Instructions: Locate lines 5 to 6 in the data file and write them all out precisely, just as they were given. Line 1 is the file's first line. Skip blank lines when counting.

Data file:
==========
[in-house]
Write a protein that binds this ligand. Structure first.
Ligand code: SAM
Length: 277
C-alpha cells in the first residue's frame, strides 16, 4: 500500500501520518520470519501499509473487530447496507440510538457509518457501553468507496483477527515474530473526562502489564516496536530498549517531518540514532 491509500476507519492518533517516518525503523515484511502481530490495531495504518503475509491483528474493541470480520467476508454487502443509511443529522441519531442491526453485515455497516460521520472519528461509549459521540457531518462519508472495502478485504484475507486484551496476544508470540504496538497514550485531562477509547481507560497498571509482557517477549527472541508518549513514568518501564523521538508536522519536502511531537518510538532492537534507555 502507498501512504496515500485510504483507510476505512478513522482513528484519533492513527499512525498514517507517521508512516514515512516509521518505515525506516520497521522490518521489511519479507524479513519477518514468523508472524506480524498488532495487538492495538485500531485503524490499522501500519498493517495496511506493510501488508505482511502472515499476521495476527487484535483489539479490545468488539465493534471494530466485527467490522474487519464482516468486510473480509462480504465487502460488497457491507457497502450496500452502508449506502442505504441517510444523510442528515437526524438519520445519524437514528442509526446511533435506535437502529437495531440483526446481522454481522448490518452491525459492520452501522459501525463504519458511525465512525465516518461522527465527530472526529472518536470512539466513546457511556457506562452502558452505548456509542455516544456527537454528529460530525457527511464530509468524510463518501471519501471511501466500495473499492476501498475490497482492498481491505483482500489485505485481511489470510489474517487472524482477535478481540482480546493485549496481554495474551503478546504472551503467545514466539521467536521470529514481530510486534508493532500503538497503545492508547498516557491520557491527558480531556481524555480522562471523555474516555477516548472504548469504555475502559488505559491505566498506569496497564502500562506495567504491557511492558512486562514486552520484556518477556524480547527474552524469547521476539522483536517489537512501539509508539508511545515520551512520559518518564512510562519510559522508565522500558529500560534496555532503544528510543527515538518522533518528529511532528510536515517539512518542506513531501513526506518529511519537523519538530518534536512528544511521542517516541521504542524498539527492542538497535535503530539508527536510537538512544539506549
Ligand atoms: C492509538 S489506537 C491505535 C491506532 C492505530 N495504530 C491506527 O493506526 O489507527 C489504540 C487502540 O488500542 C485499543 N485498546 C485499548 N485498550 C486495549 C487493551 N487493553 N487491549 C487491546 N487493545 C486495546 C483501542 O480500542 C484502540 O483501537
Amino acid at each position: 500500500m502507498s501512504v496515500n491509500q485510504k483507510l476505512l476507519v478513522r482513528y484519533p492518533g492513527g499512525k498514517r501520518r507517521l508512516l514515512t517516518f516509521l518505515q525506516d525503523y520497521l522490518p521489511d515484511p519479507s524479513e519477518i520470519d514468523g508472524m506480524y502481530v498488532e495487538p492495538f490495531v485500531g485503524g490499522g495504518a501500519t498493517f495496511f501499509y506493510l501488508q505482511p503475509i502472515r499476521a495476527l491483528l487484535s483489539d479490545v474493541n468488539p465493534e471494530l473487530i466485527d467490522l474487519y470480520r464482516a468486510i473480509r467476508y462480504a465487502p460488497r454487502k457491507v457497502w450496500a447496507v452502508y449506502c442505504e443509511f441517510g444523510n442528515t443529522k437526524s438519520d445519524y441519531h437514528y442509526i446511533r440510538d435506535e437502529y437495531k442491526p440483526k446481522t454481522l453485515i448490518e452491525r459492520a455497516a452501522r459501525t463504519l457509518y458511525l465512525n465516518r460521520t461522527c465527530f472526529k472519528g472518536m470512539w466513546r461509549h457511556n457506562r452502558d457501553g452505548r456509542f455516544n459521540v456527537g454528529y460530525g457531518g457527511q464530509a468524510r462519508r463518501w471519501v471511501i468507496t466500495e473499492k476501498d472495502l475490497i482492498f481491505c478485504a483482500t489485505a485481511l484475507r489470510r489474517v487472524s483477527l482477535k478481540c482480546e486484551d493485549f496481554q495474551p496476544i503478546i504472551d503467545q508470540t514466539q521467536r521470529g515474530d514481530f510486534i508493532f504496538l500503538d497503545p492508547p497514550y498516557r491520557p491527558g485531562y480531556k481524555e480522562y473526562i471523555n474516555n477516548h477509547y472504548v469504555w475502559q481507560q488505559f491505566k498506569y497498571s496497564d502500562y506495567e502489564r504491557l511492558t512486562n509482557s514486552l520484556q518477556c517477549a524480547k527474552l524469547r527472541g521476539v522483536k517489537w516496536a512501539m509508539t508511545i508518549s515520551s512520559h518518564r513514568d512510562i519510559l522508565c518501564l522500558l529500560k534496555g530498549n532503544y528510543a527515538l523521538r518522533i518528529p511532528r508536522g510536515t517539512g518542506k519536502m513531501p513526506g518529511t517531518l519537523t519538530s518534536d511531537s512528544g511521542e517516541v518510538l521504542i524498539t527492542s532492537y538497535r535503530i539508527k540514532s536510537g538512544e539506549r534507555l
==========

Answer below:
C-alpha cells in the first residue's frame, strides 16, 4: 500500500501520518520470519501499509473487530447496507440510538457509518457501553468507496483477527515474530473526562502489564516496536530498549517531518540514532 491509500476507519492518533517516518525503523515484511502481530490495531495504518503475509491483528474493541470480520467476508454487502443509511443529522441519531442491526453485515455497516460521520472519528461509549459521540457531518462519508472495502478485504484475507486484551496476544508470540504496538497514550485531562477509547481507560497498571509482557517477549527472541508518549513514568518501564523521538508536522519536502511531537518510538532492537534507555 502507498501512504496515500485510504483507510476505512478513522482513528484519533492513527499512525498514517507517521508512516514515512516509521518505515525506516520497521522490518521489511519479507524479513519477518514468523508472524506480524498488532495487538492495538485500531485503524490499522501500519498493517495496511506493510501488508505482511502472515499476521495476527487484535483489539479490545468488539465493534471494530466485527467490522474487519464482516468486510473480509462480504465487502460488497457491507457497502450496500452502508449506502442505504441517510444523510442528515437526524438519520445519524437514528442509526446511533435506535437502529437495531440483526446481522454481522448490518452491525459492520452501522459501525463504519458511525465512525465516518461522527465527530472526529472518536470512539466513546457511556457506562452502558452505548456509542455516544456527537454528529460530525457527511464530509468524510463518501471519501471511501466500495473499492476501498475490497482492498481491505483482500489485505485481511489470510489474517487472524482477535478481540482480546493485549496481554495474551503478546504472551503467545514466539521467536521470529514481530510486534508493532500503538497503545492508547498516557491520557491527558480531556481524555480522562471523555474516555477516548472504548469504555475502559488505559491505566498506569496497564502500562506495567504491557511492558512486562514486552520484556518477556524480547527474552524469547521476539522483536517489537512501539509508539508511545515520551512520559518518564512510562519510559522508565522500558529500560534496555532503544528510543527515538518522533518528529511532528510536515517539512518542506513531501513526506518529511519537523519538530518534536512528544511521542517516541521504542524498539527492542538497535535503530539508527536510537538512544539506549
Ligand atoms: C492509538 S489506537 C491505535 C491506532 C492505530 N495504530 C491506527 O493506526 O489507527 C489504540 C487502540 O488500542 C485499543 N485498546 C485499548 N485498550 C486495549 C487493551 N487493553 N487491549 C487491546 N487493545 C486495546 C483501542 O480500542 C484502540 O483501537